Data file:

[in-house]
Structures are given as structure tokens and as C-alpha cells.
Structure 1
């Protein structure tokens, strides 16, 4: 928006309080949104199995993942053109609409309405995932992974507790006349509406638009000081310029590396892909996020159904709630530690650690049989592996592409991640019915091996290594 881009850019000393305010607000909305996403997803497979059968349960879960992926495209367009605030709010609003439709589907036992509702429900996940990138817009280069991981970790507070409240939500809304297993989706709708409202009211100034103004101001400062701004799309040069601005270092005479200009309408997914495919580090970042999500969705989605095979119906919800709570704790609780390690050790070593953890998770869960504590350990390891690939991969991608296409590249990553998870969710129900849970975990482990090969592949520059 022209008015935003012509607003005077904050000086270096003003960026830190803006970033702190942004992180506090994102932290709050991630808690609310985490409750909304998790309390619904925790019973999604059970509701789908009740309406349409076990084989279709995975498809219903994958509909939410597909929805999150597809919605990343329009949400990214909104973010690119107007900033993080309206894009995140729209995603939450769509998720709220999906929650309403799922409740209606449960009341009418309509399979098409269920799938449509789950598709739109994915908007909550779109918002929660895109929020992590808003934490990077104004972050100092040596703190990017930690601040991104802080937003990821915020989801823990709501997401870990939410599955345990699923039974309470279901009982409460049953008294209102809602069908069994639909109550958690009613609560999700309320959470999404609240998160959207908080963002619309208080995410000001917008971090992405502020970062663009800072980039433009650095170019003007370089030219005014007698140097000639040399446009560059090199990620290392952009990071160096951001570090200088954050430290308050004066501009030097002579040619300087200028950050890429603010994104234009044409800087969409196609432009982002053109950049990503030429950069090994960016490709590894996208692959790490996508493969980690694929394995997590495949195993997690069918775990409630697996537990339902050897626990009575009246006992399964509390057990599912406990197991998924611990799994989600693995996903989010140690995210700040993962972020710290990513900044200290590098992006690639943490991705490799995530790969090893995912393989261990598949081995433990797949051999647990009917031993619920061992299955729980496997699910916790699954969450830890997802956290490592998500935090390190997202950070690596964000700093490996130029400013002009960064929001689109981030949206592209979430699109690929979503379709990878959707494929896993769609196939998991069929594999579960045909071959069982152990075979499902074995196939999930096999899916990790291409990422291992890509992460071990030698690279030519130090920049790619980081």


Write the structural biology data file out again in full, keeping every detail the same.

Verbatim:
[in-house]
Structures are given as structure tokens and as C-alpha cells.
Structure 1
């Protein structure tokens, strides 16, 4: 928006309080949104199995993942053109609409309405995932992974507790006349509406638009000081310029590396892909996020159904709630530690650690049989592996592409991640019915091996290594 881009850019000393305010607000909305996403997803497979059968349960879960992926495209367009605030709010609003439709589907036992509702429900996940990138817009280069991981970790507070409240939500809304297993989706709708409202009211100034103004101001400062701004799309040069601005270092005479200009309408997914495919580090970042999500969705989605095979119906919800709570704790609780390690050790070593953890998770869960504590350990390891690939991969991608296409590249990553998870969710129900849970975990482990090969592949520059 022209008015935003012509607003005077904050000086270096003003960026830190803006970033702190942004992180506090994102932290709050991630808690609310985490409750909304998790309390619904925790019973999604059970509701789908009740309406349409076990084989279709995975498809219903994958509909939410597909929805999150597809919605990343329009949400990214909104973010690119107007900033993080309206894009995140729209995603939450769509998720709220999906929650309403799922409740209606449960009341009418309509399979098409269920799938449509789950598709739109994915908007909550779109918002929660895109929020992590808003934490990077104004972050100092040596703190990017930690601040991104802080937003990821915020989801823990709501997401870990939410599955345990699923039974309470279901009982409460049953008294209102809602069908069994639909109550958690009613609560999700309320959470999404609240998160959207908080963002619309208080995410000001917008971090992405502020970062663009800072980039433009650095170019003007370089030219005014007698140097000639040399446009560059090199990620290392952009990071160096951001570090200088954050430290308050004066501009030097002579040619300087200028950050890429603010994104234009044409800087969409196609432009982002053109950049990503030429950069090994960016490709590894996208692959790490996508493969980690694929394995997590495949195993997690069918775990409630697996537990339902050897626990009575009246006992399964509390057990599912406990197991998924611990799994989600693995996903989010140690995210700040993962972020710290990513900044200290590098992006690639943490991705490799995530790969090893995912393989261990598949081995433990797949051999647990009917031993619920061992299955729980496997699910916790699954969450830890997802956290490592998500935090390190997202950070690596964000700093490996130029400013002009960064929001689109981030949206592209979430699109690929979503379709990878959707494929896993769609196939998991069929594999579960045909071959069982152990075979499902074995196939999930096999899916990790291409990422291992890509992460071990030698690279030519130090920049790619980081």